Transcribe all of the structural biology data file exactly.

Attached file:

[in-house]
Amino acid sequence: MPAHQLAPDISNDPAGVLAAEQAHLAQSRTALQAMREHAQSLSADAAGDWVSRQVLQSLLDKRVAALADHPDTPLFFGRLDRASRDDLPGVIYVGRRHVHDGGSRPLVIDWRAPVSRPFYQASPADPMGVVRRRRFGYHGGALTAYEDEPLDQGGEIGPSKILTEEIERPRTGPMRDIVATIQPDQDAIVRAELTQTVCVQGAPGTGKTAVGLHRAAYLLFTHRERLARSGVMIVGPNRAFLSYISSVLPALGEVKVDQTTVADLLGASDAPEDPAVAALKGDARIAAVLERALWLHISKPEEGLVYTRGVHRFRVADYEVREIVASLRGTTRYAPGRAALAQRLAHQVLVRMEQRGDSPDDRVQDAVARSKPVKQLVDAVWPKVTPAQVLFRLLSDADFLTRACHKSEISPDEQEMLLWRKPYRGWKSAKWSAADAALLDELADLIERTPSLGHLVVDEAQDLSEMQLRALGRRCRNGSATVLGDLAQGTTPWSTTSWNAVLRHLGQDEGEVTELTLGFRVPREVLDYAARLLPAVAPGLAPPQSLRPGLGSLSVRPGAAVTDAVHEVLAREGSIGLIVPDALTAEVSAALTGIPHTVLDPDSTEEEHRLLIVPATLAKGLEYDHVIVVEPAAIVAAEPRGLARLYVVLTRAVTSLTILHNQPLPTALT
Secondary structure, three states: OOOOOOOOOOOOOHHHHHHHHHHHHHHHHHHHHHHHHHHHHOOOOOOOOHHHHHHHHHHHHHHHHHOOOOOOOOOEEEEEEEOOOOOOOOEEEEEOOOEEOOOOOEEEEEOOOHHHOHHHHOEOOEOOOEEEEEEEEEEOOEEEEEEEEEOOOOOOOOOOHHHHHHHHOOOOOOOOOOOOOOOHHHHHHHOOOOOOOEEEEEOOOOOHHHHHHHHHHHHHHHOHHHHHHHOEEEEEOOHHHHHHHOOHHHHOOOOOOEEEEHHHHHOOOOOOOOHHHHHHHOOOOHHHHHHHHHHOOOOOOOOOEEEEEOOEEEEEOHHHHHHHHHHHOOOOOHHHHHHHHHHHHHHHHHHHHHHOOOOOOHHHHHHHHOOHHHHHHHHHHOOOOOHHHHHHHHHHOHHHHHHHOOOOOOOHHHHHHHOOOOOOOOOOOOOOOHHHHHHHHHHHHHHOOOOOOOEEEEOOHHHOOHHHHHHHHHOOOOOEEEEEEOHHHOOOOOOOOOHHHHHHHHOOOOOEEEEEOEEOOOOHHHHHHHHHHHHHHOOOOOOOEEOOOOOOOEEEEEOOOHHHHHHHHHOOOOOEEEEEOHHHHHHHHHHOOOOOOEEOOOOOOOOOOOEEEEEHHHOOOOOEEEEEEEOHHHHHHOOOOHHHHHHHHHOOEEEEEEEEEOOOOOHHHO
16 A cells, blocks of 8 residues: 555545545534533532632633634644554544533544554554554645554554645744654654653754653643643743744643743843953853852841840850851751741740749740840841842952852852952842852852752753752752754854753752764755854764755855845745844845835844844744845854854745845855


[in-house]
Amino acid sequence: MPAHQLAPDISNDPAGVLAAEQAHLAQSRTALQAMREHAQSLSADAAGDWVSRQVLQSLLDKRVAALADHPDTPLFFGRLDRASRDDLPGVIYVGRRHVHDGGSRPLVIDWRAPVSRPFYQASPADPMGVVRRRRFGYHGGALTAYEDEPLDQGGEIGPSKILTEEIERPRTGPMRDIVATIQPDQDAIVRAELTQTVCVQGAPGTGKTAVGLHRAAYLLFTHRERLARSGVMIVGPNRAFLSYISSVLPALGEVKVDQTTVADLLGASDAPEDPAVAALKGDARIAAVLERALWLHISKPEEGLVYTRGVHRFRVADYEVREIVASLRGTTRYAPGRAALAQRLAHQVLVRMEQRGDSPDDRVQDAVARSKPVKQLVDAVWPKVTPAQVLFRLLSDADFLTRACHKSEISPDEQEMLLWRKPYRGWKSAKWSAADAALLDELADLIERTPSLGHLVVDEAQDLSEMQLRALGRRCRNGSATVLGDLAQGTTPWSTTSWNAVLRHLGQDEGEVTELTLGFRVPREVLDYAARLLPAVAPGLAPPQSLRPGLGSLSVRPGAAVTDAVHEVLAREGSIGLIVPDALTAEVSAALTGIPHTVLDPDSTEEEHRLLIVPATLAKGLEYDHVIVVEPAAIVAAEPRGLARLYVVLTRAVTSLTILHNQPLPTALT
Secondary structure, three states: OOOOOOOOOOOOOHHHHHHHHHHHHHHHHHHHHHHHHHHHHOOOOOOOOHHHHHHHHHHHHHHHHHOOOOOOOOOEEEEEEEOOOOOOOOEEEEEOOOEEOOOOOEEEEEOOOHHHOHHHHOEOOEOOOEEEEEEEEEEOOEEEEEEEEEOOOOOOOOOOHHHHHHHHOOOOOOOOOOOOOOOHHHHHHHOOOOOOOEEEEEOOOOOHHHHHHHHHHHHHHHOHHHHHHHOEEEEEOOHHHHHHHOOHHHHOOOOOOEEEEHHHHHOOOOOOOOHHHHHHHOOOOHHHHHHHHHHOOOOOOOOOEEEEEOOEEEEEOHHHHHHHHHHHOOOOOHHHHHHHHHHHHHHHHHHHHHHOOOOOOHHHHHHHHOOHHHHHHHHHHOOOOOHHHHHHHHHHOHHHHHHHOOOOOOOHHHHHHHOOOOOOOOOOOOOOOHHHHHHHHHHHHHHOOOOOOOEEEEOOHHHOOHHHHHHHHHOOOOOEEEEEEOHHHOOOOOOOOOHHHHHHHHOOOOOEEEEEOEEOOOOHHHHHHHHHHHHHHOOOOOOOEEOOOOOOOEEEEEOOOHHHHHHHHHOOOOOEEEEEOHHHHHHHHHHOOOOOOEEOOOOOOOOOOOEEEEEHHHOOOOOEEEEEEEOHHHHHHOOOOHHHHHHHHHOOEEEEEEEEEOOOOOHHHO
16 A cells, blocks of 8 residues: 555545545534533532632633634644554544533544554554554645554554645744654654653754653643643743744643743843953853852841840850851751741740749740840841842952852852952842852852752753752752754854753752764755854764755855845745844845835844844744845854854745845855